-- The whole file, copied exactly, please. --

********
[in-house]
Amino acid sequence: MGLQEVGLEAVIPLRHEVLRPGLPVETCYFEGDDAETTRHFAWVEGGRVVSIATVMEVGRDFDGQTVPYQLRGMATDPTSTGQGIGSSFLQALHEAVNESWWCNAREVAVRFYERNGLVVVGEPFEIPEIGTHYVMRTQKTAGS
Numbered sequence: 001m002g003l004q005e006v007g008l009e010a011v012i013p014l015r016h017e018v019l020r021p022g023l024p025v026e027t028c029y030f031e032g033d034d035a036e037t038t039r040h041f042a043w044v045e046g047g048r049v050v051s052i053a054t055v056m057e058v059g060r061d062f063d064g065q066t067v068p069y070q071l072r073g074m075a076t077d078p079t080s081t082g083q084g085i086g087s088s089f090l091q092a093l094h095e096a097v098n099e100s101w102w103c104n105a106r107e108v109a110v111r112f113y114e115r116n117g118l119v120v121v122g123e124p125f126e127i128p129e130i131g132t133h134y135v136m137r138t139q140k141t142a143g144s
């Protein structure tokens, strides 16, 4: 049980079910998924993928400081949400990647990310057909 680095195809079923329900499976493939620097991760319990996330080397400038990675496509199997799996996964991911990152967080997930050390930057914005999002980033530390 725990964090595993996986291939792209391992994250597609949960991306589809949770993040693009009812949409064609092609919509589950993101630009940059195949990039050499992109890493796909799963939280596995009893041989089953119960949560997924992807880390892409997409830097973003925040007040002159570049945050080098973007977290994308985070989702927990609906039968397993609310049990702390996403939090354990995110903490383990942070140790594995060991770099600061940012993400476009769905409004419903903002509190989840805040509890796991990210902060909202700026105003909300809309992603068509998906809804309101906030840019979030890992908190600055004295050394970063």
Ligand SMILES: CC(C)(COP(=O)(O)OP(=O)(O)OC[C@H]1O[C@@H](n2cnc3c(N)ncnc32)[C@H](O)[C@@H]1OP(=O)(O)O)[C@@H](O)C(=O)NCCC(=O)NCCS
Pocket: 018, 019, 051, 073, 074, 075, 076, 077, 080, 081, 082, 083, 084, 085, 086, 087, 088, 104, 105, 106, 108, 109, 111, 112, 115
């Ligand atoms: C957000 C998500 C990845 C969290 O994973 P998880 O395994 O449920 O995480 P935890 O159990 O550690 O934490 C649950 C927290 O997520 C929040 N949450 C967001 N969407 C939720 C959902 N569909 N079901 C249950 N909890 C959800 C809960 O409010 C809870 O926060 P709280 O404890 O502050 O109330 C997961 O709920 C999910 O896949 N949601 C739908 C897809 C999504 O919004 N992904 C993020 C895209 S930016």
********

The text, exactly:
[in-house]
Amino acid sequence: MGLQEVGLEAVIPLRHEVLRPGLPVETCYFEGDDAETTRHFAWVEGGRVVSIATVMEVGRDFDGQTVPYQLRGMATDPTSTGQGIGSSFLQALHEAVNESWWCNAREVAVRFYERNGLVVVGEPFEIPEIGTHYVMRTQKTAGS
Numbered sequence: 001m002g003l004q005e006v007g008l009e010a011v012i013p014l015r016h017e018v019l020r021p022g023l024p025v026e027t028c029y030f031e032g033d034d035a036e037t038t039r040h041f042a043w044v045e046g047g048r049v050v051s052i053a054t055v056m057e058v059g060r061d062f063d064g065q066t067v068p069y070q071l072r073g074m075a076t077d078p079t080s081t082g083q084g085i086g087s088s089f090l091q092a093l094h095e096a097v098n099e100s101w102w103c104n105a106r107e108v109a110v111r112f113y114e115r116n117g118l119v120v121v122g123e124p125f126e127i128p129e130i131g132t133h134y135v136m137r138t139q140k141t142a143g144s
């Protein structure tokens, strides 16, 4: 049980079910998924993928400081949400990647990310057909 680095195809079923329900499976493939620097991760319990996330080397400038990675496509199997799996996964991911990152967080997930050390930057914005999002980033530390 725990964090595993996986291939792209391992994250597609949960991306589809949770993040693009009812949409064609092609919509589950993101630009940059195949990039050499992109890493796909799963939280596995009893041989089953119960949560997924992807880390892409997409830097973003925040007040002159570049945050080098973007977290994308985070989702927990609906039968397993609310049990702390996403939090354990995110903490383990942070140790594995060991770099600061940012993400476009769905409004419903903002509190989840805040509890796991990210902060909202700026105003909300809309992603068509998906809804309101906030840019979030890992908190600055004295050394970063």
Ligand SMILES: CC(C)(COP(=O)(O)OP(=O)(O)OC[C@H]1O[C@@H](n2cnc3c(N)ncnc32)[C@H](O)[C@@H]1OP(=O)(O)O)[C@@H](O)C(=O)NCCC(=O)NCCS
Pocket: 018, 019, 051, 073, 074, 075, 076, 077, 080, 081, 082, 083, 084, 085, 086, 087, 088, 104, 105, 106, 108, 109, 111, 112, 115
């Ligand atoms: C957000 C998500 C990845 C969290 O994973 P998880 O395994 O449920 O995480 P935890 O159990 O550690 O934490 C649950 C927290 O997520 C929040 N949450 C967001 N969407 C939720 C959902 N569909 N079901 C249950 N909890 C959800 C809960 O409010 C809870 O926060 P709280 O404890 O502050 O109330 C997961 O709920 C999910 O896949 N949601 C739908 C897809 C999504 O919004 N992904 C993020 C895209 S930016």